Why doesn’t local government use technology better?
As Deputy Leader of Nuneaton and Bedworth Borough Council, it’s a question I often ask myself.
I’m also Business Development Manager for a tech company and consequently have a good view of issues in public sector organisations, with knowledge that solutions are already available or easily achievable via private sector tech companies.
It’s amazing what’s out there with app development, artificial intelligence (AI) and data-driven analytics.
How can we play our part in making the UK a science and technology superpower if local government – which makes fundamental decisions affecting the lives of millions of people every day – doesn’t improve our use of technology?
Perhaps because there will always be customers for our services there is a reluctance to change?
A captive clientele is no excuse for slow transformation – with the gateway to services the most obvious place to start. Missed bin collection? No problem, there’s an app for that, or there should be.
The lag in local government uptake of technology could perhaps be attributed to a lack of available finance.
Better use of technology, streamlining and improving services will help improve our customers’ experience and reduce cost to the public purse. Spend to save. It’s not actually that expensive over a longer-term financial view.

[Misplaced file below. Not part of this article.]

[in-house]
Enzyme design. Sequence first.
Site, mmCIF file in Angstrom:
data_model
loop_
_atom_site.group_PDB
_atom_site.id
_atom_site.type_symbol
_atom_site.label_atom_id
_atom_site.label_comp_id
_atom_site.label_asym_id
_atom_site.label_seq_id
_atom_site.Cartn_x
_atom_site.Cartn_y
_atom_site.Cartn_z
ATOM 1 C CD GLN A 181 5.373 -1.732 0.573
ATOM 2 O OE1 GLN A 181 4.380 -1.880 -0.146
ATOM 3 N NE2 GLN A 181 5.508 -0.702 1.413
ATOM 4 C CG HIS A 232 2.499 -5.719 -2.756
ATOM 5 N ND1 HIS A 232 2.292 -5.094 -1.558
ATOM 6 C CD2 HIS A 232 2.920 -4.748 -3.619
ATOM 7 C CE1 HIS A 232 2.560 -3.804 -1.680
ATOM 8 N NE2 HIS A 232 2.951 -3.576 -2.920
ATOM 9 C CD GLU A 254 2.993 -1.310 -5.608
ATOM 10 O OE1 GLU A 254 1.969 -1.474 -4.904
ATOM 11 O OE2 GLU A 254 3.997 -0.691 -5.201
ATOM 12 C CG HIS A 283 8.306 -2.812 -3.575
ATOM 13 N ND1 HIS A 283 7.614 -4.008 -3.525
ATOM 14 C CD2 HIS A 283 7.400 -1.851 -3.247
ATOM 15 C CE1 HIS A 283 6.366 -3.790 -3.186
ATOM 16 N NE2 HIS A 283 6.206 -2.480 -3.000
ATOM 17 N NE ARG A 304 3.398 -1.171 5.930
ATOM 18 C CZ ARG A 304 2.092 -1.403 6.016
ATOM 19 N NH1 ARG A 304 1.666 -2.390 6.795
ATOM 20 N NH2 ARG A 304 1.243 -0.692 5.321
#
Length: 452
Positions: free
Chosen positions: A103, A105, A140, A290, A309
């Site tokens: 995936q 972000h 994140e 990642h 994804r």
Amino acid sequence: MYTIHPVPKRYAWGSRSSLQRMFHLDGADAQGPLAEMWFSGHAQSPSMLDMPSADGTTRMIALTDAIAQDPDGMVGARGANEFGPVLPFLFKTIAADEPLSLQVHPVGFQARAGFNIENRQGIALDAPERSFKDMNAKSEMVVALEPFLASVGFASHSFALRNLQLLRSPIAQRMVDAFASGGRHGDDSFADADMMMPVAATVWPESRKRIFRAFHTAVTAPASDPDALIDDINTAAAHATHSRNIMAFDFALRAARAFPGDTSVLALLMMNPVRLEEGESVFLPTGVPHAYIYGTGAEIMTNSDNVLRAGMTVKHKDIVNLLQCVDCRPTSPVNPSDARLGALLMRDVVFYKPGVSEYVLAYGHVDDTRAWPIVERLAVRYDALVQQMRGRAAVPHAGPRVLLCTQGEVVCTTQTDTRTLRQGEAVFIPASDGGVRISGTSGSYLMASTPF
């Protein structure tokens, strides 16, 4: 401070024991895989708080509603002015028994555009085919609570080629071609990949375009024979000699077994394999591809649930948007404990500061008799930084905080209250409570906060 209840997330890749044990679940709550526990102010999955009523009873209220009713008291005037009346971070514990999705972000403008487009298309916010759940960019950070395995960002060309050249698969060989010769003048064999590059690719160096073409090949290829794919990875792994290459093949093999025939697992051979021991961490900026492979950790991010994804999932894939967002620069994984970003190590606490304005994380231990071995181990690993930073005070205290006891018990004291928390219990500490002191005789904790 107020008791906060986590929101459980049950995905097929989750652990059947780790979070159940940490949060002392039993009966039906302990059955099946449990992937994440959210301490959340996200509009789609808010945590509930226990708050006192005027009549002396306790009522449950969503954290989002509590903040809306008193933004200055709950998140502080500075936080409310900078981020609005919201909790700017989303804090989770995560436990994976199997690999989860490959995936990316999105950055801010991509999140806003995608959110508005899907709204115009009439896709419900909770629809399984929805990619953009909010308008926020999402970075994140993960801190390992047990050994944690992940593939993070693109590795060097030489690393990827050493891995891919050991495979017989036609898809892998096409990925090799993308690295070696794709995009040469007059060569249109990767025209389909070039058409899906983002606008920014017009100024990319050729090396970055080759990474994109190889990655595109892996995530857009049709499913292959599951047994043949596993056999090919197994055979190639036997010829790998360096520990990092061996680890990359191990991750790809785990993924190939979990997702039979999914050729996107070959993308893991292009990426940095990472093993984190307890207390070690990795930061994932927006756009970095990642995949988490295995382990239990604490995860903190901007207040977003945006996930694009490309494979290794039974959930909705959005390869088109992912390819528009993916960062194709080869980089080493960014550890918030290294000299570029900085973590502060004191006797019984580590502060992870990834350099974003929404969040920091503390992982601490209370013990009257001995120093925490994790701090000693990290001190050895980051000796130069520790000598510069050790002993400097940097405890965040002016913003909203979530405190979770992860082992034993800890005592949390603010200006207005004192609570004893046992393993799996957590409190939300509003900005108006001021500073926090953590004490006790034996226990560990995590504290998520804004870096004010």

The public sector is definitely not helped by ‘government framework for suppliers’ applications only being opened once a year, leading to smaller tech companies being overlooked or excluded. The same big tech firms seem to dominate, and competition in government’s digital marketplace isn’t what it should be.
Smaller tech companies are agile and responsive to rapidly changing landscapes in technology. A smaller, more local focus would arguably be better to assist with bespoke digital transformation in local government.
Now is the time to do things differently, leverage our data, and take the best of the private sector to provide cost-effective, customisable, scalable solutions to councils – bringing local government services into the 21st century.